Starting out in HEMA
Where to start in HEMA is a question I often get. Today's article will provide some generic help in getting started, from who to start with, what source to use, what gear to buy, where to train and how to grow your club.
There are always two
When starting out, it can be quite daunting. However, to really get going you only need one other person to train with. Asking your friends is a good start, but if none of them are interested, then you will need to use online resources.
There may already be a HEMA group in your area and the HEMA Alliance (more on us later) has a website where you can check for local groups. HEMA Alliance Club Finder
If there isn't a nearby group, or if they are not studying something you are interested in, then social media is the way to go. Craigslist is a way you can post an interest in HEMA, as is your Facebook status. While your friends might not be interested, your Facebook circle may reach out to a friend of a friend who is. Finding your first member, someone who will likely be your co-founder as much as a student is a daunting task! After the group I was part of aged out and scattered to the four winds, it was only a chance encounter at an RPG session that I found someone interested .John Patterson answered our RPG gaming request on a website and during the game I asked, "Do you like swords?" A few years later and we have a very large and successful club!
The larger area you are in, the easier this is. If you live in a smaller community, make contact with community colleges and see if they will let you advertise around campus. One of the members of my club, the Phoenix Society of Historical Swordsmanship lives in a small town. He also teaches at the community college there and used that to recruit, and so he has his own chapter of our club!
Also, look for various HEMA events in or near your area. Just visiting one of them will put you in touch with people who were once starting out, just like you! Socal Swordfight, Combat Con, Longpoint, Swordsquatch, SERFO, The Phoenix Society events (see us anytime you want!) are just some of the places that host events.
What source to use
What source to use is a little easier to do than find your first student/co-founder. There are many sources available and thanks to Wiktenauer, you don't need to spend any money to start investigating. If Wiktenauer doesn't have the source translated, check Amazon with the name of the master and the weapon, and you might be surprised. More and more HEMA books are being created each year, including translations. Tyrant Industries has the Flower of Battle, for example.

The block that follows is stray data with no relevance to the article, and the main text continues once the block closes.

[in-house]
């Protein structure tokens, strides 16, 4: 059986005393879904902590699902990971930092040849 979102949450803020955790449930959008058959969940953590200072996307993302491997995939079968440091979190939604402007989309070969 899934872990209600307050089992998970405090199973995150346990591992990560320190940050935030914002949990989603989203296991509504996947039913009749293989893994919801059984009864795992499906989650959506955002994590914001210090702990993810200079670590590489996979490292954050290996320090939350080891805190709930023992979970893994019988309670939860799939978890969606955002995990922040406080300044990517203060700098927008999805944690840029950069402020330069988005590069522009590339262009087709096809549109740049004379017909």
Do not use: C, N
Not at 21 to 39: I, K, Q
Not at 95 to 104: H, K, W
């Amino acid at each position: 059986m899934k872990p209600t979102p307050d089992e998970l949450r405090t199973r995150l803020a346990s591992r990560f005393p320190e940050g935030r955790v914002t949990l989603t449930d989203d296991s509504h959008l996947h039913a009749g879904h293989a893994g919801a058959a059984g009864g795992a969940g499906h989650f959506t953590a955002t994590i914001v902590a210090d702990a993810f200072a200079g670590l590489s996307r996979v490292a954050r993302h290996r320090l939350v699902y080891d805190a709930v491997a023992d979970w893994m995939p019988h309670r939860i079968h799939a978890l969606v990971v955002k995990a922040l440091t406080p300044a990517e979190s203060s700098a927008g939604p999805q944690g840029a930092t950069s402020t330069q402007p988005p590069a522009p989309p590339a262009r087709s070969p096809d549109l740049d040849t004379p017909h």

Below are some common fields of HEMA to look at, including a few sources to consider. There is much more than what you see here, so feel free to do a bit of research on your own, including talking to members of the HEMA community.
Let's be really clear here, below really is just a sampling and I tried to link to free resources when able! I have a lot of friends who have written and translated even more material- so, don't limit yourself, but we all need to get started somewhere!
Longsword - A two-handed sword popular from around the 13th to 16th century.
Fiore - Fiore was a fencing-master whose system is generically referred to as 'Italian'. His system includes much more than just the longsword.
Liechtenauer - Liechtenauer was the founder of what is called KDF, "Kunst des Fechtens' or 'Early German'. Liechtenauer has a zettel which is a poem that is difficult to understand. However, follow up masters, provided glosses which help explain it.
Meyer - Meyer was a later period master who taught the use of the longsword in the 16th century. He used a training sword called a feder and his system includes much more than just the longsword.
Rapier - A single-handed, thin bladed sword popular throughout the 17th century.
Fabris - Fabris' treatise on rapier is very verbose and covers what to do and what not to do. He is thorough and a good source to understand the many aspects of rapier-play.
Giganti - Giganti's treatise is very simple and to the point. His lessons are easy to understand and the core fundamentals of Italian rapier can be learned from him.
Bruchius -Bruchius was a mid-period Dutch fencer who was influenced by Fabris and provided concrete, well-illustrated instructions on the use of the rapier.
Thibault - A verbose and very different approach to rapier, Thibault taught a system that was similar to the Spanish method of usin g the rapier.
Saber- A single-handed, primarily cutting weapon, popular in the 17th century all the way into the 20th!